June and July brought Eastern KY rain and August brought intense heat…we are all about extremes, or so it seems this summer! Who knows how September will go. This week the forecast shows the first signs of rain in weeks- Hallelujah!

School started two weeks ago and we have yet to have a quiet moment. We had an increase in enrollment this year, new staff members and a new Service Learning initiative created. Needless to say, things are busy, but with all good things! We are thankful to have so much positivity and energy floating around.

Our students have jumped right back into taking care of the garden. There are two returning students (one being our summer student intern, Sam) and three new students in our garden elective. I am impressed by the sense of responsibility and leadership they are already showing each morning. Some chores they have participated in so far are: watering, hoeing, weeding, transplanting fall crops, sowing cover crops and cutting up/storing vegetables for hot sauce production. 50 minutes never seems like enough time, but luckily we have been productive with what little time we do have out there.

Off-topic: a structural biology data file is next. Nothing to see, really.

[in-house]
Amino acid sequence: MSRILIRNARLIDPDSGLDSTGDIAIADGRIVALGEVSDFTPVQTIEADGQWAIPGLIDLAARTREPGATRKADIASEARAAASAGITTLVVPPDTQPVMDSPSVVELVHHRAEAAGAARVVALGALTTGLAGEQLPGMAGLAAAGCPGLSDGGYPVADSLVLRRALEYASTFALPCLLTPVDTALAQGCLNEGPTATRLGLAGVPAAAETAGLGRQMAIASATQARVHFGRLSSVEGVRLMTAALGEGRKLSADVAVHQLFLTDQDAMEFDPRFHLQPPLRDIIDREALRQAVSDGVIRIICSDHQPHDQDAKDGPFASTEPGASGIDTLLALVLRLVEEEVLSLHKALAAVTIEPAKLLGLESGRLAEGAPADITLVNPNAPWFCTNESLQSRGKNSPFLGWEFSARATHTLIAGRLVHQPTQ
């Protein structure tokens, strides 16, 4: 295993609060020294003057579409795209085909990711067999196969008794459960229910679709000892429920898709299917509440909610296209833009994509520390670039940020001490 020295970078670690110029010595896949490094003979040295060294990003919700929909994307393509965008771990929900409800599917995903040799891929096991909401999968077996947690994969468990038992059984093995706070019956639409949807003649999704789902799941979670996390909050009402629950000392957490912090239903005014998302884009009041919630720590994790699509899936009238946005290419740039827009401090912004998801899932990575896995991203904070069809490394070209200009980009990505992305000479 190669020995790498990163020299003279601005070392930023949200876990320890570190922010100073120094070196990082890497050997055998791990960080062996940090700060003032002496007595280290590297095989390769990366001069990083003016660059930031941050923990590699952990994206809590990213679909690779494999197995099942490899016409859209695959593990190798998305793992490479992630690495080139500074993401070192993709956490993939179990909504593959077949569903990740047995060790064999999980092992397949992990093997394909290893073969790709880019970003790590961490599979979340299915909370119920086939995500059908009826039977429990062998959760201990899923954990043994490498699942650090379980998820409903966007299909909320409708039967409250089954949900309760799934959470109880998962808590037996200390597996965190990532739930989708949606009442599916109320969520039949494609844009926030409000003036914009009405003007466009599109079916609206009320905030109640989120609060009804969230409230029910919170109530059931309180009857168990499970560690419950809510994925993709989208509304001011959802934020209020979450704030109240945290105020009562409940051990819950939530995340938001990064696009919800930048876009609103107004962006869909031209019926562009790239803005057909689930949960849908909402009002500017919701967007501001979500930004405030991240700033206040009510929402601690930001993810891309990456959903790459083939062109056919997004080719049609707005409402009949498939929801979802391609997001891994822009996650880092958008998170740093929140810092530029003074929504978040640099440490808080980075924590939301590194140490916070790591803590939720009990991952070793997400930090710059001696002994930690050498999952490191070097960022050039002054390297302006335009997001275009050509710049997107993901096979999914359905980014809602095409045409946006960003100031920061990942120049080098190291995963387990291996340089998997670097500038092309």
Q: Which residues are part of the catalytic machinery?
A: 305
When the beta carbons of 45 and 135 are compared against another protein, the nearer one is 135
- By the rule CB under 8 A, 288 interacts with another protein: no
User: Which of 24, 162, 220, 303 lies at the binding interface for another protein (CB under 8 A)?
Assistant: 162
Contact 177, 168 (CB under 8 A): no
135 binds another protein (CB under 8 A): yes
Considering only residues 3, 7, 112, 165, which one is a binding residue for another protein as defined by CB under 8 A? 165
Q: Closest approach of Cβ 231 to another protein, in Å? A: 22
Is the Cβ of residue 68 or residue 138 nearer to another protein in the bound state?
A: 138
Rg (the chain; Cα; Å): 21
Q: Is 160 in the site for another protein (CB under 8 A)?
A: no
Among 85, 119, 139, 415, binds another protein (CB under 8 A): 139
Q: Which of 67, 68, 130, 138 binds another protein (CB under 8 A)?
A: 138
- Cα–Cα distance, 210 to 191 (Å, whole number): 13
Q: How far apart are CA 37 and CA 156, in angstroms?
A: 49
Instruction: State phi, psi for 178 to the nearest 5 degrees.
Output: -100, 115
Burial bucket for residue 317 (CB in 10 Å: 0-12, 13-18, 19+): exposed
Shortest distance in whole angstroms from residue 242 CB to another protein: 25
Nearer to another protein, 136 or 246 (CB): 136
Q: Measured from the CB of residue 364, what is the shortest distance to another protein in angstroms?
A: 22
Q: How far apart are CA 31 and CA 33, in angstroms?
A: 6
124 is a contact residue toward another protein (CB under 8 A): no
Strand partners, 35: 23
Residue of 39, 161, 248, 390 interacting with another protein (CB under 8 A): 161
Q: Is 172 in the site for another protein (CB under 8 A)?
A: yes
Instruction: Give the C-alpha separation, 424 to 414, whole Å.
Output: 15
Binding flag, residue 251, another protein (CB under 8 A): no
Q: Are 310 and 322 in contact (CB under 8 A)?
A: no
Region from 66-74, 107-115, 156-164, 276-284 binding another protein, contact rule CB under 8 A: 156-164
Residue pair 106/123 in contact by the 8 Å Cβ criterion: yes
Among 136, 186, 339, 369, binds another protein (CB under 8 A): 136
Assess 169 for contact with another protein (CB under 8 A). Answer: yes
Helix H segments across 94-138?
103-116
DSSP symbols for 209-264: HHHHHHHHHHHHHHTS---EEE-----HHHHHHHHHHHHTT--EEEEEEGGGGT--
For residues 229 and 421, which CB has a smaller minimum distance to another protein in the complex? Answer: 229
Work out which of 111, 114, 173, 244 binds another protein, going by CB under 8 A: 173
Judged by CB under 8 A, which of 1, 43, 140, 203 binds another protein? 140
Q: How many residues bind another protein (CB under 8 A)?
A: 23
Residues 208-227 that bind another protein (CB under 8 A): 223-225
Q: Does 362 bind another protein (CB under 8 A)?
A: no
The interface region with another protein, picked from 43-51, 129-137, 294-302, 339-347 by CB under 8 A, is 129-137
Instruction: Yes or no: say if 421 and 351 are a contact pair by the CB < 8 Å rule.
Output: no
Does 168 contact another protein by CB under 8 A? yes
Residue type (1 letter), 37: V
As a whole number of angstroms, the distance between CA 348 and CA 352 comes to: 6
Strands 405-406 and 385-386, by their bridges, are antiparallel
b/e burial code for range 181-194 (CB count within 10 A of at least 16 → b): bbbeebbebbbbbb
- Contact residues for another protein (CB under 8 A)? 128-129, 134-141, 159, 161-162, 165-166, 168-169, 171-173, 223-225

Projects we have planned for this fall are as follows: 1.) a student designed irrigation system 2.) a 12×24 foot greenhouse and 3.) a closed system chicken coop. We hope that all three of these projects will help expand our garden project and move us one step closer to a sustainable program.

Crops we hope will take us into the fall include: broccoli, kale, turnips, parsnips, rutabagas, winter squash and onions. We have had a harder time keeping our plants healthy this summer, so we hope the fall sets a different pace. This is our first fall with high tunnels and we are excited to experiment with season extension! Another area we have been trying to focus on is soil health. Our garden sight doesn’t have the best soil and bringing nutrients and moisture into it has been a huge challenge. This fall we hope to cover our outside field with horse manure, cover crops and other nutrients that will hopefully breakdown into our soil for our spring crops!